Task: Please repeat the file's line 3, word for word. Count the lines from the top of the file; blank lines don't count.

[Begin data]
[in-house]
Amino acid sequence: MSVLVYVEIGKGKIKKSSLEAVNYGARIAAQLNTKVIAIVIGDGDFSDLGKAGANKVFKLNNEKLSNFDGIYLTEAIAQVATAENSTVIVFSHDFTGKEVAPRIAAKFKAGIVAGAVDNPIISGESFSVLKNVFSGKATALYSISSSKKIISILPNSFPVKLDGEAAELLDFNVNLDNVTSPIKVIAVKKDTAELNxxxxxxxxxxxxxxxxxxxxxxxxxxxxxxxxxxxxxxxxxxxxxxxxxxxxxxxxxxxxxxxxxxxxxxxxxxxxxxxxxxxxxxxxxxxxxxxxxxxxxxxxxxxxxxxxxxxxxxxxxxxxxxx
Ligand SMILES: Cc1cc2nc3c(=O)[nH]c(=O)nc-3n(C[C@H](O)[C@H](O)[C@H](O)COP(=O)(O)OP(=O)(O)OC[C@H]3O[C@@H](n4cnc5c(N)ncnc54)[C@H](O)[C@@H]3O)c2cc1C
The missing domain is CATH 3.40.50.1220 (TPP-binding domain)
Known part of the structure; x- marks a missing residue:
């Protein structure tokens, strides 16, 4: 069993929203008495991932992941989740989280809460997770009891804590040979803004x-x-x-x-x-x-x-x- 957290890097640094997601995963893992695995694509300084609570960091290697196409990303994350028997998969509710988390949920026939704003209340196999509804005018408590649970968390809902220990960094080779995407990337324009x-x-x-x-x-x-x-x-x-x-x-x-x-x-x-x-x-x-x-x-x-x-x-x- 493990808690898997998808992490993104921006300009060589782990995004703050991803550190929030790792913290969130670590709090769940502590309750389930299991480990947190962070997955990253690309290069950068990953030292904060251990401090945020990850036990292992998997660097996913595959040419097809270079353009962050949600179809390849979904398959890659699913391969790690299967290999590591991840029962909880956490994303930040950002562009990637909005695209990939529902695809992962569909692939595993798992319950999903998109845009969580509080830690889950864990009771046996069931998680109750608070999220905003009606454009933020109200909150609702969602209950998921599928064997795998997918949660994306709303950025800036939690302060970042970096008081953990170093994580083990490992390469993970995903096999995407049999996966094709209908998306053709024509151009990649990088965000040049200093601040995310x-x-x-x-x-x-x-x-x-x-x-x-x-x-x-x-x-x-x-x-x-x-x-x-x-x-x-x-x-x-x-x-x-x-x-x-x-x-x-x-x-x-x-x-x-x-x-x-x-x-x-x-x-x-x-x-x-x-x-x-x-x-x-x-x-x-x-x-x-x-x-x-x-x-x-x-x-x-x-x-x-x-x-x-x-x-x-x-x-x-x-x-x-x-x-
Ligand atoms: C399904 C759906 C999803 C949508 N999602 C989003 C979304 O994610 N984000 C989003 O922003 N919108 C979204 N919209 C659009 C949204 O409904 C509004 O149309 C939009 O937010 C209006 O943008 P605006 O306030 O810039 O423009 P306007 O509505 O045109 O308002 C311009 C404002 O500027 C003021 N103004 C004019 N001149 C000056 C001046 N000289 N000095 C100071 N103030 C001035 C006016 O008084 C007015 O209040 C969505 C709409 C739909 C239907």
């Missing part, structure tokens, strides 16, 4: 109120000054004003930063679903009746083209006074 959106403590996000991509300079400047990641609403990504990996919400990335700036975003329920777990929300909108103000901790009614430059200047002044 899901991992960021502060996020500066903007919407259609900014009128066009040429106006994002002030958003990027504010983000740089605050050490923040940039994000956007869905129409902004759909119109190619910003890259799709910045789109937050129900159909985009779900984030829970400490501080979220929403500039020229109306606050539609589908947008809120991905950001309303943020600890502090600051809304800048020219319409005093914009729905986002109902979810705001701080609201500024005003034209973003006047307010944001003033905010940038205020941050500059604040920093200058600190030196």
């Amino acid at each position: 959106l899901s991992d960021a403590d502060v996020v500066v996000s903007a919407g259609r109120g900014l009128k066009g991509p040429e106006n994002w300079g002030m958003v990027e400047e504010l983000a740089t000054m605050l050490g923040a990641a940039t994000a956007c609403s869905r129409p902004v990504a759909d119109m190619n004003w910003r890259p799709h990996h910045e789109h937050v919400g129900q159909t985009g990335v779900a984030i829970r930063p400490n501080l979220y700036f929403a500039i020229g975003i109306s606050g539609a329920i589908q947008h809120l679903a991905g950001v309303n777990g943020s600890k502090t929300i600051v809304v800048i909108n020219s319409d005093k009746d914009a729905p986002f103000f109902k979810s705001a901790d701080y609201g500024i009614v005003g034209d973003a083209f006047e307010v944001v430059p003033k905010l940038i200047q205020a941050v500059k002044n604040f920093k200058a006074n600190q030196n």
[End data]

Ligand SMILES: Cc1cc2nc3c(=O)[nH]c(=O)nc-3n(C[C@H](O)[C@H](O)[C@H](O)COP(=O)(O)OP(=O)(O)OC[C@H]3O[C@@H](n4cnc5c(N)ncnc54)[C@H](O)[C@@H]3O)c2cc1C